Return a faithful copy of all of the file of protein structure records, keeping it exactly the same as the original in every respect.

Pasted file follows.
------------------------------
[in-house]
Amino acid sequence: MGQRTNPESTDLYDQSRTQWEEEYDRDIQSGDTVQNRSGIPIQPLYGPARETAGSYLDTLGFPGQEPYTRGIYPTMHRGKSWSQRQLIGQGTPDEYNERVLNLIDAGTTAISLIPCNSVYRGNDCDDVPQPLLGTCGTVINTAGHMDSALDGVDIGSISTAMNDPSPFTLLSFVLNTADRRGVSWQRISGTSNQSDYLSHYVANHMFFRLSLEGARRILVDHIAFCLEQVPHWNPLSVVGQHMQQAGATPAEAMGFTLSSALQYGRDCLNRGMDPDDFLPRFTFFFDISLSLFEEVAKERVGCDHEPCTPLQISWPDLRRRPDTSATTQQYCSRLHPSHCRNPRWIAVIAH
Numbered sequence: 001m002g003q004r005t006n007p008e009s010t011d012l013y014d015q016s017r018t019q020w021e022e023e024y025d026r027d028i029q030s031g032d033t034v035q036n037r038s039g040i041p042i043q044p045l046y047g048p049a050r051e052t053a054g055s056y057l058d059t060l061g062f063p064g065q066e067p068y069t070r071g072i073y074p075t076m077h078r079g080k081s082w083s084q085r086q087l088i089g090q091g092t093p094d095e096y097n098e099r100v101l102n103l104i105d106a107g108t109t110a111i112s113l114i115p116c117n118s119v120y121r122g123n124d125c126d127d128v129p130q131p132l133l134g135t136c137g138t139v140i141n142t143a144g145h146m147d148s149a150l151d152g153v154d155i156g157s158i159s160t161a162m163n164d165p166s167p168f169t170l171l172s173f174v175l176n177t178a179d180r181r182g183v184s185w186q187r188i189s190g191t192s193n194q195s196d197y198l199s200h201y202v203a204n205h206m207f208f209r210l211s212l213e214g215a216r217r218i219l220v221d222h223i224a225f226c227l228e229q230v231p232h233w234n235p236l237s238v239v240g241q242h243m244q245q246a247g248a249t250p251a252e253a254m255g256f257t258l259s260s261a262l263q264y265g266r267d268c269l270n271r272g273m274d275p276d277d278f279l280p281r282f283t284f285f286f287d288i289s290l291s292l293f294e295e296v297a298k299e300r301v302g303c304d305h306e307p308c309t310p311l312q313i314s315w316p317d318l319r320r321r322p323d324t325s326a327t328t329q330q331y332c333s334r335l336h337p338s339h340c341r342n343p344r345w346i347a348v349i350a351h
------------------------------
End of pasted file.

[in-house]
Amino acid sequence: MGQRTNPESTDLYDQSRTQWEEEYDRDIQSGDTVQNRSGIPIQPLYGPARETAGSYLDTLGFPGQEPYTRGIYPTMHRGKSWSQRQLIGQGTPDEYNERVLNLIDAGTTAISLIPCNSVYRGNDCDDVPQPLLGTCGTVINTAGHMDSALDGVDIGSISTAMNDPSPFTLLSFVLNTADRRGVSWQRISGTSNQSDYLSHYVANHMFFRLSLEGARRILVDHIAFCLEQVPHWNPLSVVGQHMQQAGATPAEAMGFTLSSALQYGRDCLNRGMDPDDFLPRFTFFFDISLSLFEEVAKERVGCDHEPCTPLQISWPDLRRRPDTSATTQQYCSRLHPSHCRNPRWIAVIAH
Numbered sequence: 001m002g003q004r005t006n007p008e009s010t011d012l013y014d015q016s017r018t019q020w021e022e023e024y025d026r027d028i029q030s031g032d033t034v035q036n037r038s039g040i041p042i043q044p045l046y047g048p049a050r051e052t053a054g055s056y057l058d059t060l061g062f063p064g065q066e067p068y069t070r071g072i073y074p075t076m077h078r079g080k081s082w083s084q085r086q087l088i089g090q091g092t093p094d095e096y097n098e099r100v101l102n103l104i105d106a107g108t109t110a111i112s113l114i115p116c117n118s119v120y121r122g123n124d125c126d127d128v129p130q131p132l133l134g135t136c137g138t139v140i141n142t143a144g145h146m147d148s149a150l151d152g153v154d155i156g157s158i159s160t161a162m163n164d165p166s167p168f169t170l171l172s173f174v175l176n177t178a179d180r181r182g183v184s185w186q187r188i189s190g191t192s193n194q195s196d197y198l199s200h201y202v203a204n205h206m207f208f209r210l211s212l213e214g215a216r217r218i219l220v221d222h223i224a225f226c227l228e229q230v231p232h233w234n235p236l237s238v239v240g241q242h243m244q245q246a247g248a249t250p251a252e253a254m255g256f257t258l259s260s261a262l263q264y265g266r267d268c269l270n271r272g273m274d275p276d277d278f279l280p281r282f283t284f285f286f287d288i289s290l291s292l293f294e295e296v297a298k299e300r301v302g303c304d305h306e307p308c309t310p311l312q313i314s315w316p317d318l319r320r321r322p323d324t325s326a327t328t329q330q331y332c333s334r335l336h337p338s339h340c341r342n343p344r345w346i347a348v349i350a351h